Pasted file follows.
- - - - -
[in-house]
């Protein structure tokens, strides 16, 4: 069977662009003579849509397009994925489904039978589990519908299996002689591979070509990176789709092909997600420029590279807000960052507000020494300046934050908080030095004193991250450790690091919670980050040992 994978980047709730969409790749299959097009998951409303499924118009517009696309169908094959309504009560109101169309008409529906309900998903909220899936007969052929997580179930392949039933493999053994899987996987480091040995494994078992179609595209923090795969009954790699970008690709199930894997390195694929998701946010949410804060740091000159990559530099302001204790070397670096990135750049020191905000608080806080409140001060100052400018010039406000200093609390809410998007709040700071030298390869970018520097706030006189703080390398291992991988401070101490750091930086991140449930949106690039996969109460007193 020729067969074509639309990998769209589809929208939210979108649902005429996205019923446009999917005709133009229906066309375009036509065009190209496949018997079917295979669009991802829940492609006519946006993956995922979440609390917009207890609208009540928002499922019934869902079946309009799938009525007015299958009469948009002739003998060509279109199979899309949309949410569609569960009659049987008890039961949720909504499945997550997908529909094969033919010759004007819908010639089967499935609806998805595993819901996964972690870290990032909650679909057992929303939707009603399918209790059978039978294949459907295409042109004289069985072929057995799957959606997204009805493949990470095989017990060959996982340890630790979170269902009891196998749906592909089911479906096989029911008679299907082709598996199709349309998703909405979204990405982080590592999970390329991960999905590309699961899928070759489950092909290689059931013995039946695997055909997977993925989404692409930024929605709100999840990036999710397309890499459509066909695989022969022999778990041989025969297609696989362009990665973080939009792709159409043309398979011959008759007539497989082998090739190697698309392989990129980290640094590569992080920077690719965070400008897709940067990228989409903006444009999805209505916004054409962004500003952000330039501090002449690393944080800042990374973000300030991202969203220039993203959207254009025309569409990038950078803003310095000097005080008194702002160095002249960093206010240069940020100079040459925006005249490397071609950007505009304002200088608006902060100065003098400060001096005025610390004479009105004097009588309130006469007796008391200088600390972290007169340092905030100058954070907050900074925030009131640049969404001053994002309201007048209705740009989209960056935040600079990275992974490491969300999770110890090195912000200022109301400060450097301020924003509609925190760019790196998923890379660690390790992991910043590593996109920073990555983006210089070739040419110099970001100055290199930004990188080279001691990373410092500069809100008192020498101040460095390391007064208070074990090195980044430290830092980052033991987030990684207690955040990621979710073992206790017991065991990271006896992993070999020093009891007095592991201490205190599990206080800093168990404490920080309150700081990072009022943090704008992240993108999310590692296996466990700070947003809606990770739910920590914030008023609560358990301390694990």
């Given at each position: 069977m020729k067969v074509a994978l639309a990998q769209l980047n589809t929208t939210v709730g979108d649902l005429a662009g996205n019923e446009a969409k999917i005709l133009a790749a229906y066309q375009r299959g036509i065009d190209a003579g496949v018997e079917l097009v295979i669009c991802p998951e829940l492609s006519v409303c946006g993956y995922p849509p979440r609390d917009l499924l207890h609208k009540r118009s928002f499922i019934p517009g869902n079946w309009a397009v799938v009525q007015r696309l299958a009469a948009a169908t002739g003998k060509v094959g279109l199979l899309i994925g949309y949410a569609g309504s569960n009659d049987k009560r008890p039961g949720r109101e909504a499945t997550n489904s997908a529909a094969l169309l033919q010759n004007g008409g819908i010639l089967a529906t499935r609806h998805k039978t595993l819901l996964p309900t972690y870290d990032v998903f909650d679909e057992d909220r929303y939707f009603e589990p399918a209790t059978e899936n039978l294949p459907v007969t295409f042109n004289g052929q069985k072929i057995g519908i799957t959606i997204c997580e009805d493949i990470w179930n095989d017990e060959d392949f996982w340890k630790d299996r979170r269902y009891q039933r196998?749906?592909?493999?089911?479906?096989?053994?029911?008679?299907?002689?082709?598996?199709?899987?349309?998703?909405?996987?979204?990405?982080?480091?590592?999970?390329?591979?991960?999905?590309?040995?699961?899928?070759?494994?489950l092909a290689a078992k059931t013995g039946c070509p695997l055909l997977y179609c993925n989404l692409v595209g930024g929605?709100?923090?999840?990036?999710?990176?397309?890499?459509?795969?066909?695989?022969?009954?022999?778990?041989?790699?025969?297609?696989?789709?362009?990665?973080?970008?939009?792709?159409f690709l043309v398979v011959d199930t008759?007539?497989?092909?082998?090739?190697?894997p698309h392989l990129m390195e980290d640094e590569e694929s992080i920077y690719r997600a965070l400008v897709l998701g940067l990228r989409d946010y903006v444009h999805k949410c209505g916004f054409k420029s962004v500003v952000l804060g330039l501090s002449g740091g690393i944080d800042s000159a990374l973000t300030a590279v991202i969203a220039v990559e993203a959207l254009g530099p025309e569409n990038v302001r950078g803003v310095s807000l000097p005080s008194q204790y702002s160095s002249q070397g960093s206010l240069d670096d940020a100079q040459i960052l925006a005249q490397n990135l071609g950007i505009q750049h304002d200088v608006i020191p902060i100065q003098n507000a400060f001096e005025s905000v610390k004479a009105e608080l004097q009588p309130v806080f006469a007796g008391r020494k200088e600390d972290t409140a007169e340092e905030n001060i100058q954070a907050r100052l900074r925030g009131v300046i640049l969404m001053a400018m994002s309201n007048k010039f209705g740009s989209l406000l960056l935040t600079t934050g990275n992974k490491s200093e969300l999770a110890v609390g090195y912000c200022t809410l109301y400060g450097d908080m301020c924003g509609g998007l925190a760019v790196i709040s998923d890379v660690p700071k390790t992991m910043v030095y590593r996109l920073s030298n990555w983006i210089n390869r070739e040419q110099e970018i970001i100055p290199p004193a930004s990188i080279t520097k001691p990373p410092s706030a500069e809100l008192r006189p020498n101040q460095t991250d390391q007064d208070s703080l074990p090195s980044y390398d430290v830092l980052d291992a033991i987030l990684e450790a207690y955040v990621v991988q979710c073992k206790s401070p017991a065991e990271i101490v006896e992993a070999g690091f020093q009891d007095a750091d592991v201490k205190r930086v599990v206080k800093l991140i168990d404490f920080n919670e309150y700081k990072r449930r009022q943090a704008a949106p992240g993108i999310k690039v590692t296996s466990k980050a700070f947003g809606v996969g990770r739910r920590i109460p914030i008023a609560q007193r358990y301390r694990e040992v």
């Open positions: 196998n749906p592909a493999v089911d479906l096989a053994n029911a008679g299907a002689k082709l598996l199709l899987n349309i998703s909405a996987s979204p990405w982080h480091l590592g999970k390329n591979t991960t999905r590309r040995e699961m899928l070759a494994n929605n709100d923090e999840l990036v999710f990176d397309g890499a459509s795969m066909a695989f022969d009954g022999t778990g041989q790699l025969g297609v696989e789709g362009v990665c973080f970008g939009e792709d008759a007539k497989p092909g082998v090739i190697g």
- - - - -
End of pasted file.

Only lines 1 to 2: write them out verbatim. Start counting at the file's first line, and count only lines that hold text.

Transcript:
[in-house]
């Protein structure tokens, strides 16, 4: 069977662009003579849509397009994925489904039978589990519908299996002689591979070509990176789709092909997600420029590279807000960052507000020494300046934050908080030095004193991250450790690091919670980050040992 994978980047709730969409790749299959097009998951409303499924118009517009696309169908094959309504009560109101169309008409529906309900998903909220899936007969052929997580179930392949039933493999053994899987996987480091040995494994078992179609595209923090795969009954790699970008690709199930894997390195694929998701946010949410804060740091000159990559530099302001204790070397670096990135750049020191905000608080806080409140001060100052400018010039406000200093609390809410998007709040700071030298390869970018520097706030006189703080390398291992991988401070101490750091930086991140449930949106690039996969109460007193 020729067969074509639309990998769209589809929208939210979108649902005429996205019923446009999917005709133009229906066309375009036509065009190209496949018997079917295979669009991802829940492609006519946006993956995922979440609390917009207890609208009540928002499922019934869902079946309009799938009525007015299958009469948009002739003998060509279109199979899309949309949410569609569960009659049987008890039961949720909504499945997550997908529909094969033919010759004007819908010639089967499935609806998805595993819901996964972690870290990032909650679909057992929303939707009603399918209790059978039978294949459907295409042109004289069985072929057995799957959606997204009805493949990470095989017990060959996982340890630790979170269902009891196998749906592909089911479906096989029911008679299907082709598996199709349309998703909405979204990405982080590592999970390329991960999905590309699961899928070759489950092909290689059931013995039946695997055909997977993925989404692409930024929605709100999840990036999710397309890499459509066909695989022969022999778990041989025969297609696989362009990665973080939009792709159409043309398979011959008759007539497989082998090739190697698309392989990129980290640094590569992080920077690719965070400008897709940067990228989409903006444009999805209505916004054409962004500003952000330039501090002449690393944080800042990374973000300030991202969203220039993203959207254009025309569409990038950078803003310095000097005080008194702002160095002249960093206010240069940020100079040459925006005249490397071609950007505009304002200088608006902060100065003098400060001096005025610390004479009105004097009588309130006469007796008391200088600390972290007169340092905030100058954070907050900074925030009131640049969404001053994002309201007048209705740009989209960056935040600079990275992974490491969300999770110890090195912000200022109301400060450097301020924003509609925190760019790196998923890379660690390790992991910043590593996109920073990555983006210089070739040419110099970001100055290199930004990188080279001691990373410092500069809100008192020498101040460095390391007064208070074990090195980044430290830092980052033991987030990684207690955040990621979710073992206790017991065991990271006896992993070999020093009891007095592991201490205190599990206080800093168990404490920080309150700081990072009022943090704008992240993108999310590692296996466990700070947003809606990770739910920590914030008023609560358990301390694990």